Are Bangladeshi Seafarers the Maritime Slaves of the 21st Century?

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Are Bangladeshi Seafarers the Maritime Slaves of the 21st Century?

by Abu Sayed Sajib (44E)

CASE 1

Tanker MT ASTERIS Nigeria 2015

In March 2015, four Bangladeshi Seafarers joined a Panama flagged Oil Tanker MT ASTERIS. Greek Ship Management company, Western Mediterranean Shipping, had an agreement with oil tanker MT ASTERIS owner M/s. Sea Crown Maritime. Local Bangladeshi manning agent was M/S Reliance Shipping.

The vessel was arrested in Lagos with its crews for smuggling of (cargo) crude oil. Five Filipinos and four Bangladeshi seafarers were locked up in a jail in Nigeria and were in trial in a Nigerian Federal court.

The Trial started on 18 June 2015. On 15 December 2015, the Nigerian court convicted the sailors for smuggling crude oil. A lawyer in that hearing did not even represent our sailors.

They were sentenced to five years in prison or pay a fine of 20 million Naira (approximately USD 100,000) each. The shipowner refused to pay the penalties. The owner abandoned them and also did not pay their salaries.

The relatives of the Bangladeshi mariners appeared in the JMAAA annual dinner in December of 2015 in Dhaka and presented the plight of the seafarers in the Nigerian jail. The news got circulated the world amongst the Bangladeshi mariners.

Bangladeshi Mariners were extremely concerned about the case and donated money, and the met all expenses within three months. The court assigned fines were paid, and the seafarers got released on 2nd May 2016. The generosity of the mariners was extraordinary.

JMAAA was involved with the release of the Bangladeshi mariners right from the beginning. All the actions started right from the announcements at the JMAAA annual dinner on 2nd January 2016.


One of the Bangladeshi mariners who suffered in the Nigerian jail speaking at JMAAA annual dinner on 2nd January 2017

Bangladeshi seafarers do not have to go through this kind of ordeals. The Department of Shipping must regulate the Manning agents and other organizations for the legal rights of the Bangladeshi seamen.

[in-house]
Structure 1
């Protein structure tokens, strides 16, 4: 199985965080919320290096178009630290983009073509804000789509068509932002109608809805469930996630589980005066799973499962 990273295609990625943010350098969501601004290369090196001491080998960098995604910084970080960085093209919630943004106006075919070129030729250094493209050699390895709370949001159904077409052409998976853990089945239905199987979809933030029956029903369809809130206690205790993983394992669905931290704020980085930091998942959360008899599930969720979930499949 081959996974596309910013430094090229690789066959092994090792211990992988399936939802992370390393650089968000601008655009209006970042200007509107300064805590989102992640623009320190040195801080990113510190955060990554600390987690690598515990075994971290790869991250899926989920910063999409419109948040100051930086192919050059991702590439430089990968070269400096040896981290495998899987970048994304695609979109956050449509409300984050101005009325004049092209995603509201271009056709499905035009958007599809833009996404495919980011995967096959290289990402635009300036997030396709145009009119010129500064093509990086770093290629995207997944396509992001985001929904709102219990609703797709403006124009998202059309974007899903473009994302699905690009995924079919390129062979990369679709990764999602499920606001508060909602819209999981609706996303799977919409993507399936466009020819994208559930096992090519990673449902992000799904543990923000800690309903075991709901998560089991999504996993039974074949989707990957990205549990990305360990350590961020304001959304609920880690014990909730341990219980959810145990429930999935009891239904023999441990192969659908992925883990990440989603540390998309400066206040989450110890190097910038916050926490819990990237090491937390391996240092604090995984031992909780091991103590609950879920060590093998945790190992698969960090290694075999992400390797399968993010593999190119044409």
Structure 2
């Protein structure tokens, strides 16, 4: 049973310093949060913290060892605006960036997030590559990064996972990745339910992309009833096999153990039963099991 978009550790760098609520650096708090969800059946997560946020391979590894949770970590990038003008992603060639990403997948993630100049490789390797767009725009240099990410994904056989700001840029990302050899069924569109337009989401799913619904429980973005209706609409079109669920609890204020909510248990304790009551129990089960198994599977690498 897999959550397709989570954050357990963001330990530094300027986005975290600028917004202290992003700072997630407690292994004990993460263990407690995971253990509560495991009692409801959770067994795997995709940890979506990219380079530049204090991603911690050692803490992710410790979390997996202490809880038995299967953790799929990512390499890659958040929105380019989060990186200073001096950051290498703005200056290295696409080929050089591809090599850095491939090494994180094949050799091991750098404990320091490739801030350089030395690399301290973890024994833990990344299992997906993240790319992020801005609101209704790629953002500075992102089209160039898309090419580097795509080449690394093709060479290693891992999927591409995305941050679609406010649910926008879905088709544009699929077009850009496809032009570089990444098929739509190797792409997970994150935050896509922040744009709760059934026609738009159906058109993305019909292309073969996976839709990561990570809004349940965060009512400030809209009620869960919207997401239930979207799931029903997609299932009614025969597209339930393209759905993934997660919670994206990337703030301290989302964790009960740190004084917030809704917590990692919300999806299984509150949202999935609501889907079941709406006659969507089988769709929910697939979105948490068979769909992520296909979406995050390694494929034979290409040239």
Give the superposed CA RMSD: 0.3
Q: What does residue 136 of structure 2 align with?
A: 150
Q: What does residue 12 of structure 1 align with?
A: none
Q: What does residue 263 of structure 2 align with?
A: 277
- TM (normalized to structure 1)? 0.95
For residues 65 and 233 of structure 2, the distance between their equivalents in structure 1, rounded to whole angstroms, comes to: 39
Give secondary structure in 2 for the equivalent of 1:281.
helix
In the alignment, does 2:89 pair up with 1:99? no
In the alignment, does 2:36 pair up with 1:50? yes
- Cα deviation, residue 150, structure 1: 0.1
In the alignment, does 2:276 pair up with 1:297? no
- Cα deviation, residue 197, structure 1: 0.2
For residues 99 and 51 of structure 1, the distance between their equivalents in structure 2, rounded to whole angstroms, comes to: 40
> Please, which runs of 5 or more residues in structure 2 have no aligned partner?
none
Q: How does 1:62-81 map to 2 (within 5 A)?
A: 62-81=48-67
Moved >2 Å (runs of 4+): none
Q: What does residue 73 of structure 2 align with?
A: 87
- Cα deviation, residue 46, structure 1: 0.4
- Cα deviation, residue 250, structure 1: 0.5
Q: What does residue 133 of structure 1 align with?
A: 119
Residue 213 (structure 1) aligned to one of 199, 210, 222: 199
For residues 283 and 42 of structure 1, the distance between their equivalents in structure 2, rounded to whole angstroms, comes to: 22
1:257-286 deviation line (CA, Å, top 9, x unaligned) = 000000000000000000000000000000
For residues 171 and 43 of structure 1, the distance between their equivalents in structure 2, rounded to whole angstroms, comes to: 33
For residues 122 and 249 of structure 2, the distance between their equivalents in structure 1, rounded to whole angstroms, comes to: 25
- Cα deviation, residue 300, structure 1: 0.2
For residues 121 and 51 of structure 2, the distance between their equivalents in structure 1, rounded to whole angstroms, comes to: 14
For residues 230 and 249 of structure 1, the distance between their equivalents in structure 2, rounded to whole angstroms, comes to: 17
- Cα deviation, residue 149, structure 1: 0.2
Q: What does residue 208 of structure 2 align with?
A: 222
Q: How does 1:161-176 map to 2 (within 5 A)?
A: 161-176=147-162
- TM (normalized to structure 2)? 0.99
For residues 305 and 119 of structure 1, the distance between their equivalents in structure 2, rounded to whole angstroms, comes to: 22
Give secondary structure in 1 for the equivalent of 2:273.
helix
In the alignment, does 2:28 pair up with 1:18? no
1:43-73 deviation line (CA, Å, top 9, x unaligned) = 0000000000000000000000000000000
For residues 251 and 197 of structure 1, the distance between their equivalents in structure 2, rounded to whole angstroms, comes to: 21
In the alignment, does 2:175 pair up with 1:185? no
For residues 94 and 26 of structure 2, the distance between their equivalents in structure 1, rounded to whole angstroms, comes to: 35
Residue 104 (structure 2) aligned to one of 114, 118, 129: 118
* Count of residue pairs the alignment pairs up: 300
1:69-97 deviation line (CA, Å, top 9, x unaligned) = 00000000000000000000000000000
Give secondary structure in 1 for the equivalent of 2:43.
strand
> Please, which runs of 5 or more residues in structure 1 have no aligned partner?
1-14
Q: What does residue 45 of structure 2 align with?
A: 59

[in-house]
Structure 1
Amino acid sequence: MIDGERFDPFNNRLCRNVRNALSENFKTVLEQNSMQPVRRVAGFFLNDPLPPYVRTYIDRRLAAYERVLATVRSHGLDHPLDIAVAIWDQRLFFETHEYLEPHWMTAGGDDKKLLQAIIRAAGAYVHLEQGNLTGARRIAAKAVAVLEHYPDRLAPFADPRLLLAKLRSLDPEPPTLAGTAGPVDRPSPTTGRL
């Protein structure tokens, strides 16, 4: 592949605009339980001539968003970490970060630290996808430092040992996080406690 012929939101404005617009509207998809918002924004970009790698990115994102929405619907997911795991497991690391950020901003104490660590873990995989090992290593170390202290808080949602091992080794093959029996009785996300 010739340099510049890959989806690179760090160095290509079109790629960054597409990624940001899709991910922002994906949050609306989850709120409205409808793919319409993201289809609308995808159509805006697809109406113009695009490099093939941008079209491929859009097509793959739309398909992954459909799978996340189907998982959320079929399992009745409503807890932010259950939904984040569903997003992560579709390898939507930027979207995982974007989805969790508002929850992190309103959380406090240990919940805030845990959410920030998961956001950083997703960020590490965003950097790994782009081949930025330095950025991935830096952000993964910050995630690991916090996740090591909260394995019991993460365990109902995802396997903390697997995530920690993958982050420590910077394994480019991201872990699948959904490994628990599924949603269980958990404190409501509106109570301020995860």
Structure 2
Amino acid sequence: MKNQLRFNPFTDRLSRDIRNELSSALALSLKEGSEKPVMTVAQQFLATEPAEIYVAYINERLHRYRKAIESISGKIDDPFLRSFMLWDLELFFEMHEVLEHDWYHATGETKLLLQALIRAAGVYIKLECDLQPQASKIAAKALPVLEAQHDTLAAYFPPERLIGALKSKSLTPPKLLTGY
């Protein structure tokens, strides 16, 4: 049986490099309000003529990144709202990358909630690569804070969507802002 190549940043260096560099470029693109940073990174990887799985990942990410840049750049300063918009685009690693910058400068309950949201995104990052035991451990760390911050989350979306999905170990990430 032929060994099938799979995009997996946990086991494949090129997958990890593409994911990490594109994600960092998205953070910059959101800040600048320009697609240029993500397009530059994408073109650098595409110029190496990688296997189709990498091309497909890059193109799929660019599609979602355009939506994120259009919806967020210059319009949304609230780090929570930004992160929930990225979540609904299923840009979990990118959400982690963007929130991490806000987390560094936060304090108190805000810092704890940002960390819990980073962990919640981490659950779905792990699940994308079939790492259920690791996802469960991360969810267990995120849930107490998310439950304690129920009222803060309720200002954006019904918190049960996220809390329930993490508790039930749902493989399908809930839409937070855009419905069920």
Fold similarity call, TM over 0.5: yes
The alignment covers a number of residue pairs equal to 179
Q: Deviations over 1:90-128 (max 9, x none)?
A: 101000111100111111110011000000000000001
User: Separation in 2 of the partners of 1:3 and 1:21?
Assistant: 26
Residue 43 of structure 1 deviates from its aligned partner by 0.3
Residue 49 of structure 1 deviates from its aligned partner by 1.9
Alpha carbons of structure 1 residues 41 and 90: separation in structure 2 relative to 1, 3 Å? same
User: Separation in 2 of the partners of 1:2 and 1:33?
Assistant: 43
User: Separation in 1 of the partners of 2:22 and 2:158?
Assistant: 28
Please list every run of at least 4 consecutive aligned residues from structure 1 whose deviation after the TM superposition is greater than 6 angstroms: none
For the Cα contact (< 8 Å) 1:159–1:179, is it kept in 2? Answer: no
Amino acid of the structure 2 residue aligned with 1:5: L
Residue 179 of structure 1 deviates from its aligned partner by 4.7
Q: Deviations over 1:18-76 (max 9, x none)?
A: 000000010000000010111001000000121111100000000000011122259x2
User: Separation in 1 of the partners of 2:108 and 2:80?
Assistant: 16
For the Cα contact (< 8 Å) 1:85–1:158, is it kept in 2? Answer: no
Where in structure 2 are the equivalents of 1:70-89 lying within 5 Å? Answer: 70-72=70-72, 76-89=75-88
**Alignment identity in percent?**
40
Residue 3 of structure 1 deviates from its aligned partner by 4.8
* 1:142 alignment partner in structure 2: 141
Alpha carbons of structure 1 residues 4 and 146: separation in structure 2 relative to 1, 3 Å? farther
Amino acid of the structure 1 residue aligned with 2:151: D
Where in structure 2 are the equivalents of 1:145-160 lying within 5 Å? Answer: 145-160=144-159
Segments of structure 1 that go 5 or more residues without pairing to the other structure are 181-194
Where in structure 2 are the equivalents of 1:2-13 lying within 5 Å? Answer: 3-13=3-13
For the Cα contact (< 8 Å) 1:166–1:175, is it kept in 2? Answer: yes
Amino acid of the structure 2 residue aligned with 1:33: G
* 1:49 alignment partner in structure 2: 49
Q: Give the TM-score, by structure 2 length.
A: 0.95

CASE 2

Diamond 8 arrested in the Philippines

Eleven Bangladeshi crew joined M.V. Diamond-8 at My Thoi port, Vietnam on 28th March 2018. It was a China-based company named “Circle Ocean International Shipping Co.,” Ltd. and their Bangladeshi Manning Agent was “AYAR SHIPPING SERVICE.”

Officials said the navy seized the cargo ship Diamond 8 off Olutanga town after the soldiers discovered the contraband. Two smaller boats “Yssa Maine” and “Yousra” which were hauling bags of rice managed to escape and were being tracked down by the navy.

On 12th April vessel reached Zamboanga, Philippine for discharging cargo. On the 14th evening, Philippine Navy boarded the ship and arrested the crew and vessel as they did not have any permission for discharging. As per several mail, we have received from the seafarers on board, We have come to know that Captain could not show the legal documents for discharging. There were no documents for discharging in any port of Philippine. This should be noted that Philippine does not allow any import of rice.

Since mid-2017, the Philippines banned rice import to protect local farmers. All those crew members are now living in the ship since no charges have been brought against them as of yet.
The Chinese flag merchant ship was carrying 27,180 bags or 1,359 tons of rice worth nearly Philippine Peso 68 million from Vietnam. The Navy challenged the vessel while it was trying to unload the goods offshore.

The Bangladeshi nationals were held as they failed to show valid documents, including passports, said officials of Bangladesh foreign ministry and shipping department.
Ever since the vessel’s arrest, Juldia Marine Academy Alumni Association got into the act of representing the Bangladeshi seafarers. JMAAA urged the Bangladesh embassy in the Philippines to help in nominating attorneys, so the Bangladeshi seafarers get adequate protection.